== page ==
One of Terrie’s early, unspoken expectations of marriage was that I would help around the house. Shortly after we were married, we had invited company over for dinner. I noticed she was stressed with the preparations and offered to help. I was pleased with how delighted she was at my offer and silently congratulated myself on my sensitivity and kindness.
Then I rolled up my sleeves and tackled what looked to me like the biggest project—alphabetizing the bookshelf.
Although we both laugh at that incident now, it didn’t strike Terrie as funny then. But it was one of our early discoveries of how easily expectations collide in marriage.
It is expectations and misunderstandings like these that set couples up for an ongoing stream of disappointment. In marriage counseling, we almost always find that marital disappointment comes from unrealistic, and often unspoken, expectations spouses have of one another.
Of course, not all expectations are wrong or unreasonable. But most of our expectations are built on a spirit of pride or self-thought. If we don’t learn to recognize them, we will become embittered toward our spouse because of them.
We see unmet expectations all throughout Scripture. Sometimes they were false expectations of God and sometimes unrealistic expectations of others. But one of the classic accounts of misplaced expectations is in 2 Kings 5 where we find the Syrian captain, Naaman, going to the prophet Elisha to be healed of leprosy. Naaman arrived with a large entourage, but Elisha simply sent his servant to the door with instructions for Naaman to dip seven times in the muddy Jordan River. This perceived slight offended Naaman, who left Elisha’s house “in a rage” (anger is a classic indicator of unmet expectations). Notice Naaman’s response:
But Naaman was wroth, and went away, and said, Behold, I thought, He will surely come out to me, and stand, and call on the name of the Lord his God, and strike his hand over the place, and recover the leper. —2 Kings 5:11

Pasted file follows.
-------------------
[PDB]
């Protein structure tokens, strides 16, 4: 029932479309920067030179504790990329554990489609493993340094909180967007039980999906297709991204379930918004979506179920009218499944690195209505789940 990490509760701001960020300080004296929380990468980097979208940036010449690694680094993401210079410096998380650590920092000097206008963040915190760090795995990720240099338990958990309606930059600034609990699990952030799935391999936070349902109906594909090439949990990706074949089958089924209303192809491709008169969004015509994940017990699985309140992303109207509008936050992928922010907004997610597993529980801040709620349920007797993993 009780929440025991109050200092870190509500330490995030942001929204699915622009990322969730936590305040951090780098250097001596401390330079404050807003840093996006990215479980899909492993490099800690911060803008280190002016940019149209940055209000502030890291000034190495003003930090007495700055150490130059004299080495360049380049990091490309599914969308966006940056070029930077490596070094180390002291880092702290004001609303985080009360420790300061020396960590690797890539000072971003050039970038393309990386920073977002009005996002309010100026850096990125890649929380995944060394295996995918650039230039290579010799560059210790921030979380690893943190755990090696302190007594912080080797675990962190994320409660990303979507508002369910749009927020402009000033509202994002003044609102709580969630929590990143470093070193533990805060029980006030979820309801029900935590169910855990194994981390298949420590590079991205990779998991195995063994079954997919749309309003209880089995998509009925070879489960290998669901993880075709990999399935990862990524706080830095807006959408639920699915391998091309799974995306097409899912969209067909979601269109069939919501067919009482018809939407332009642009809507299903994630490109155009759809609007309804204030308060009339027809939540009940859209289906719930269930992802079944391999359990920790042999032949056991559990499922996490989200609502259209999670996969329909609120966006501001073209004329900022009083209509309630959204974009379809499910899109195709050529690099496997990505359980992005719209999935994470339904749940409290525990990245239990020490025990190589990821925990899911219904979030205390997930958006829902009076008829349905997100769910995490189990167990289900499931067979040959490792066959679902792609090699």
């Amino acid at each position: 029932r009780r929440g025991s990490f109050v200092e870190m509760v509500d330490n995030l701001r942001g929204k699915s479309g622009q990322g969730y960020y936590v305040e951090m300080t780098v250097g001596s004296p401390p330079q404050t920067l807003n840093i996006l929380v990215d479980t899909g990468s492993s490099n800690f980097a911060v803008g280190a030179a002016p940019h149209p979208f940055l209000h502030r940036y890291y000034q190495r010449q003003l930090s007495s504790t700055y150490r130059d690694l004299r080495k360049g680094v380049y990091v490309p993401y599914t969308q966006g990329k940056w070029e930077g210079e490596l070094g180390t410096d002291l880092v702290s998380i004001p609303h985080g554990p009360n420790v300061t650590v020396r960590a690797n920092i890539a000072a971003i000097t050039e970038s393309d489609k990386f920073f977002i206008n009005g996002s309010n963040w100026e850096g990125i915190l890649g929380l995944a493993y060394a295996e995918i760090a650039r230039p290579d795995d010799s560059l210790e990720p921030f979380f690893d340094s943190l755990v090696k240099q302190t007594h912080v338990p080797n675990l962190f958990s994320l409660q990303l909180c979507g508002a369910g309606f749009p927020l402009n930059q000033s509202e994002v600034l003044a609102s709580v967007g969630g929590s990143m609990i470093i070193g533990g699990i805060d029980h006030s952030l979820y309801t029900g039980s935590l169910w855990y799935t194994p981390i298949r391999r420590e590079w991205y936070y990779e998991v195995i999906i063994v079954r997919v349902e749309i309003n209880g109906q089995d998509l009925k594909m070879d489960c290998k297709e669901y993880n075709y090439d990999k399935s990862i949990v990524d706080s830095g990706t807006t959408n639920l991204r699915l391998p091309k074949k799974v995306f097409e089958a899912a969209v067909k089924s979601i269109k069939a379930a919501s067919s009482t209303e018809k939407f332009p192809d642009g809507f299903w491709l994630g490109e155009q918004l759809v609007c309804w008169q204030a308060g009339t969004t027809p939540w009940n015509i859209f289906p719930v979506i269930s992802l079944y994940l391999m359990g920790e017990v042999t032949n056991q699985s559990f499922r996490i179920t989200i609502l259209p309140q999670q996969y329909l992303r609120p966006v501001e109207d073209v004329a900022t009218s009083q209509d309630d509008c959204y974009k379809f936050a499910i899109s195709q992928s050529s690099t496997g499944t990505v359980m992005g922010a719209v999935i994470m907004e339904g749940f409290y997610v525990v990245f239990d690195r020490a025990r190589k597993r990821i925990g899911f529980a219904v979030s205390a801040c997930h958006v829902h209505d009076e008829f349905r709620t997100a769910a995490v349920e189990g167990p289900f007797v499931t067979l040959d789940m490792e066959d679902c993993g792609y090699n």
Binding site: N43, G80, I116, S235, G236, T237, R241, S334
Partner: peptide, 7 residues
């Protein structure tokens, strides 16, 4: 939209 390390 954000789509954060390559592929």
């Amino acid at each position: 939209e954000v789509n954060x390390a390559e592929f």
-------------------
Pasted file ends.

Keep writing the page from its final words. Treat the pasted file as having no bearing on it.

Thankfully, Naaman did humble himself, follow Elisha’s instructions, and experience the miraculous healing of God. But think about his initial response: “Behold, I thought…”
I’ve heard many unrealistic expectations over the years. They usually begin with the phrase, “But I thought…” Here are several of the most common:
- But I thought marriage would make me happy. It is easy, especially for people who are not yet married or who are struggling in their marriage, to turn marriage into a personal idol, believing that the “perfect spouse” is the answer to any unhappiness in life. This expectation places an incredible pressure on a spouse. No spouse is perfect, and no person can be your single source of happiness. Only Jesus can give you continuing happiness.
- But I thought my spouse would meet all of my needs. Focusing on your needs can only ruin a marriage. Every husband has unique needs, as does every wife. Ephesians 5 speaks to the individual nature of each spouse’s needs as it commands wives to honor their husbands and husbands to love their wives. But don’t miss the obvious—the command to each spouse is to meet the other’s needs, not to focus on his or her own needs.
- But I thought he/she would change after we got married. Marrying someone with the expectation they will become a different person after marriage is unreasonable and unfair. Marriage is not a magic change agent that transforms a person. Before you are married, your job is to be sure the person you want to marry is someone you can trust. After marriage, your job is to work to understand and love the person you married.
- But I thought if I found the right one, marriage would be easy. Good marriages take effort. It requires real work to understand your spouse and honor and love him or her. A spouse who is passionate about a strong marriage thinks about his or her spouse often and constantly invests in the relationship.
- But I thought good marriages never struggle. Actually, most marriages will hit a “wall.” Sometimes a couple is surprised by a season of difficulty in their marriage. This faulty expectation leads them to assume then that their marriage is already as good as gone. If, when you encounter such a season, you recognize that every difficulty can be worked through with the grace of God, biblical truth (perhaps including wise counsel) and a determination to strengthen your relationship, you’ll get through it—and be stronger for it.
When you hear yourself say, “But I just thought…” that’s a clue that you’re dealing with unmet expectations.
Our flesh tells us that the only way our unfulfilled expectations can be overcome is if our spouse will change and turn those expectations into fulfilled desires. Scripture tells us there is another way.
The journey to happiness in marriage is not one of insisting your spouse change. It is in learning to change your thoughts by letting the mind of Christ become yours.